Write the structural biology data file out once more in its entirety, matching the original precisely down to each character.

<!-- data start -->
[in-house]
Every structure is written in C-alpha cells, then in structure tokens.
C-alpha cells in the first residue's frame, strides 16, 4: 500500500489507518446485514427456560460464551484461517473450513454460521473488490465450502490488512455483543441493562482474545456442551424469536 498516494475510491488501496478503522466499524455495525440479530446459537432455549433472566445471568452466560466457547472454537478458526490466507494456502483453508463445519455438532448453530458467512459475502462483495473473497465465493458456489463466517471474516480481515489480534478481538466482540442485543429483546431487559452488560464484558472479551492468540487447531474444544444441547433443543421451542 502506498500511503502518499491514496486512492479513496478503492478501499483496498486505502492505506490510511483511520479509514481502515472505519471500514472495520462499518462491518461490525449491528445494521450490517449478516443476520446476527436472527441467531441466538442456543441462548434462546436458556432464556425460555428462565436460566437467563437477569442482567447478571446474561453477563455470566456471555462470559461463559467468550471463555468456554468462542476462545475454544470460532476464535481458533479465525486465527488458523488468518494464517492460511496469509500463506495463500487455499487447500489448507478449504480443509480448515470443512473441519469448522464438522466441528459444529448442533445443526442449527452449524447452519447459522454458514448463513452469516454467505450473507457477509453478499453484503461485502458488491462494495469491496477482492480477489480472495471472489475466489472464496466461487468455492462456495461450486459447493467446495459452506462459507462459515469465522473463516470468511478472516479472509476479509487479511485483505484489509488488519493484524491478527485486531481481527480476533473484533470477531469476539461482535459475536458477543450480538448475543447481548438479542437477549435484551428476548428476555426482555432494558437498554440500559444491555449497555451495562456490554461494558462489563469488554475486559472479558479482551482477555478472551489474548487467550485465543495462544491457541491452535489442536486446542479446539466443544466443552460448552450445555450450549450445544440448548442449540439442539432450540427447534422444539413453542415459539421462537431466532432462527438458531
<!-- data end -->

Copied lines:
[in-house]
Every structure is written in C-alpha cells, then in structure tokens.
C-alpha cells in the first residue's frame, strides 16, 4: 500500500489507518446485514427456560460464551484461517473450513454460521473488490465450502490488512455483543441493562482474545456442551424469536 498516494475510491488501496478503522466499524455495525440479530446459537432455549433472566445471568452466560466457547472454537478458526490466507494456502483453508463445519455438532448453530458467512459475502462483495473473497465465493458456489463466517471474516480481515489480534478481538466482540442485543429483546431487559452488560464484558472479551492468540487447531474444544444441547433443543421451542 502506498500511503502518499491514496486512492479513496478503492478501499483496498486505502492505506490510511483511520479509514481502515472505519471500514472495520462499518462491518461490525449491528445494521450490517449478516443476520446476527436472527441467531441466538442456543441462548434462546436458556432464556425460555428462565436460566437467563437477569442482567447478571446474561453477563455470566456471555462470559461463559467468550471463555468456554468462542476462545475454544470460532476464535481458533479465525486465527488458523488468518494464517492460511496469509500463506495463500487455499487447500489448507478449504480443509480448515470443512473441519469448522464438522466441528459444529448442533445443526442449527452449524447452519447459522454458514448463513452469516454467505450473507457477509453478499453484503461485502458488491462494495469491496477482492480477489480472495471472489475466489472464496466461487468455492462456495461450486459447493467446495459452506462459507462459515469465522473463516470468511478472516479472509476479509487479511485483505484489509488488519493484524491478527485486531481481527480476533473484533470477531469476539461482535459475536458477543450480538448475543447481548438479542437477549435484551428476548428476555426482555432494558437498554440500559444491555449497555451495562456490554461494558462489563469488554475486559472479558479482551482477555478472551489474548487467550485465543495462544491457541491452535489442536486446542479446539466443544466443552460448552450445555450450549450445544440448548442449540439442539432450540427447534422444539413453542415459539421462537431466532432462527438458531